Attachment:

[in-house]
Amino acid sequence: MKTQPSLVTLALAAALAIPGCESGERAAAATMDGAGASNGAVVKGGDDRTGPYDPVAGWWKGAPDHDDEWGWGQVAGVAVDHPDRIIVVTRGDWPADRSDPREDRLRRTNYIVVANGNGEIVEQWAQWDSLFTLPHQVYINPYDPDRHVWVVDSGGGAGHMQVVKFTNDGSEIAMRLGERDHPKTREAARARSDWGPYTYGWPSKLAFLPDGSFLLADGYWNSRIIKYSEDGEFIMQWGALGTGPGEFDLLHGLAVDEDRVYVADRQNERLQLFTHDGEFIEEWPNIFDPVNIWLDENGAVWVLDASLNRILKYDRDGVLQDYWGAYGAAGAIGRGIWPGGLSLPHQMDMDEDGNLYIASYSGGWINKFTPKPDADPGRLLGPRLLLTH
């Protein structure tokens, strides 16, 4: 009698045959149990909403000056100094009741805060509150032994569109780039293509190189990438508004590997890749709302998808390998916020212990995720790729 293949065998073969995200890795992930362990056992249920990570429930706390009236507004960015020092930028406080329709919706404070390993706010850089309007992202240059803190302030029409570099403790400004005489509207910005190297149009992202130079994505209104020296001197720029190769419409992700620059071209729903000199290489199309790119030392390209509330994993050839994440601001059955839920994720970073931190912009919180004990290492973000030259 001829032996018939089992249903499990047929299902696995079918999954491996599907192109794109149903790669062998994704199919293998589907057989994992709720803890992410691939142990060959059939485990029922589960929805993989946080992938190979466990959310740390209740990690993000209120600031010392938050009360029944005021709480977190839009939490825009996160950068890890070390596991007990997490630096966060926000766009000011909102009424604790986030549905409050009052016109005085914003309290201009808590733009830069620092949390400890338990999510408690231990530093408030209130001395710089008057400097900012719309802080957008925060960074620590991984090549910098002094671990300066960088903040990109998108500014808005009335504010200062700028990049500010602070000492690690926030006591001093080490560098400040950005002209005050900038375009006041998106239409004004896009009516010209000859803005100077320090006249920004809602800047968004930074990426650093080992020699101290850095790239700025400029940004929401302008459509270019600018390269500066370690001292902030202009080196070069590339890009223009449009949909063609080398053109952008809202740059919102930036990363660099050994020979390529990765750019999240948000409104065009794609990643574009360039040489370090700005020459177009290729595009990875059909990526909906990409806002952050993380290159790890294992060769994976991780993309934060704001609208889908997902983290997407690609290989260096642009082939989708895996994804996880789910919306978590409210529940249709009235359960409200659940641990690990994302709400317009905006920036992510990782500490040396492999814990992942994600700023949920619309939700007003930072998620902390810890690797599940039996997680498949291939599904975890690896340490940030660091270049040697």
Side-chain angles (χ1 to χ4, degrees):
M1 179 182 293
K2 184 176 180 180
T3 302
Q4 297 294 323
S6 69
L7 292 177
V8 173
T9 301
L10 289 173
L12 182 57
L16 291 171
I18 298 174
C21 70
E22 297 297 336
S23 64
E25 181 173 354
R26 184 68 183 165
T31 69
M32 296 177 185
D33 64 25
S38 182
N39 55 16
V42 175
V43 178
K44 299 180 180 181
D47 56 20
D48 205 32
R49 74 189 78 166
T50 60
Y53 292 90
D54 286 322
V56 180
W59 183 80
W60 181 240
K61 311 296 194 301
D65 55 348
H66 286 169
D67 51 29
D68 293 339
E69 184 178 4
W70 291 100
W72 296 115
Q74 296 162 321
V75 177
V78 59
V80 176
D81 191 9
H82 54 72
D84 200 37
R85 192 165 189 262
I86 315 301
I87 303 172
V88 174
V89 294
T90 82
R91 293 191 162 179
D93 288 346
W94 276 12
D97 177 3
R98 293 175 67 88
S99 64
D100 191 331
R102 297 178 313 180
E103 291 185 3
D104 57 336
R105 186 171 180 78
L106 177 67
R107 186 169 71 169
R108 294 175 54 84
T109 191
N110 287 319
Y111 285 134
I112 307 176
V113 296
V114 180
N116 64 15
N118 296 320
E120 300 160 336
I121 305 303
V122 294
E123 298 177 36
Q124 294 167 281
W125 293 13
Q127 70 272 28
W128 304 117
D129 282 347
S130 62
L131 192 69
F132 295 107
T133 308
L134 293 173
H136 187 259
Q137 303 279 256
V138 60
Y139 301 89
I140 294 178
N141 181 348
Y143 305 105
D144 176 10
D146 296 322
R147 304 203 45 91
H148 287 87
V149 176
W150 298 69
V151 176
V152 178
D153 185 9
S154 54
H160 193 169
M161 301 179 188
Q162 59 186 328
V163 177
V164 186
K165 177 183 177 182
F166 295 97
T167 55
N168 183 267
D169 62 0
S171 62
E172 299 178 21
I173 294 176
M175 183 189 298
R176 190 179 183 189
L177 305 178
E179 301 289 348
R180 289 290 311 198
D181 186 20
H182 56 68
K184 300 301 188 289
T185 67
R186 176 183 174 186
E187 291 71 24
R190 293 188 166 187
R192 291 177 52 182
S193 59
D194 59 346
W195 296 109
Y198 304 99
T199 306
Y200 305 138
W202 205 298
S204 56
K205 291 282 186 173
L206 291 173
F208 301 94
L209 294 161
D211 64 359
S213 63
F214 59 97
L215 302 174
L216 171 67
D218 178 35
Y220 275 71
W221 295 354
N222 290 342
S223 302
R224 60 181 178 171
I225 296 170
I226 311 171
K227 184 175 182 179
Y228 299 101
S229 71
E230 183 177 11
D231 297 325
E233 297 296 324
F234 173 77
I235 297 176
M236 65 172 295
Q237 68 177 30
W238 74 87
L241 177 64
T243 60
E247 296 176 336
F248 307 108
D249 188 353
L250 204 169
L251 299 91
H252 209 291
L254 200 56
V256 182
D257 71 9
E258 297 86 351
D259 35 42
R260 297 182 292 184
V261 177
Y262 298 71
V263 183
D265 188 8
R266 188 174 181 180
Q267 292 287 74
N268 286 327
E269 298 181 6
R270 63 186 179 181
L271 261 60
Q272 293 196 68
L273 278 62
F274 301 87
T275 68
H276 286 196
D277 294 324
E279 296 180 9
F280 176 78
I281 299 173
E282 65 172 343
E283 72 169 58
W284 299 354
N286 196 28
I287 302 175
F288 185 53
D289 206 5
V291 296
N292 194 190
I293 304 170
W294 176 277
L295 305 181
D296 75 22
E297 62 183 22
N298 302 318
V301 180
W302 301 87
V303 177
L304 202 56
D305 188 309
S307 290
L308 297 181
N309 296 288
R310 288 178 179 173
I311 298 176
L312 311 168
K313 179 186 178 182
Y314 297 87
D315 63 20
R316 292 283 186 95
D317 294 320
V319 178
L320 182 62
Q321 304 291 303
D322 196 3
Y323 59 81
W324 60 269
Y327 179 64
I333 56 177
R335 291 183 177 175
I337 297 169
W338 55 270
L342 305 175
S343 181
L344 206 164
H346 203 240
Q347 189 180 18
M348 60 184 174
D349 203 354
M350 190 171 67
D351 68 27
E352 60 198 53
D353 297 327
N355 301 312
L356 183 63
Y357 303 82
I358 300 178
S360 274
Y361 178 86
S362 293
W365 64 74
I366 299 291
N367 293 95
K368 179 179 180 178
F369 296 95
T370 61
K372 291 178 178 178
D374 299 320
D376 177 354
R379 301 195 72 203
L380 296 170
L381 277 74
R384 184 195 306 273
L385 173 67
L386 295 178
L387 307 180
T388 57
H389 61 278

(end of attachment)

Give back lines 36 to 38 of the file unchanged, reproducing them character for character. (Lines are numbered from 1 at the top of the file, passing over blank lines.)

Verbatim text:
V56 180
W59 183 80
W60 181 240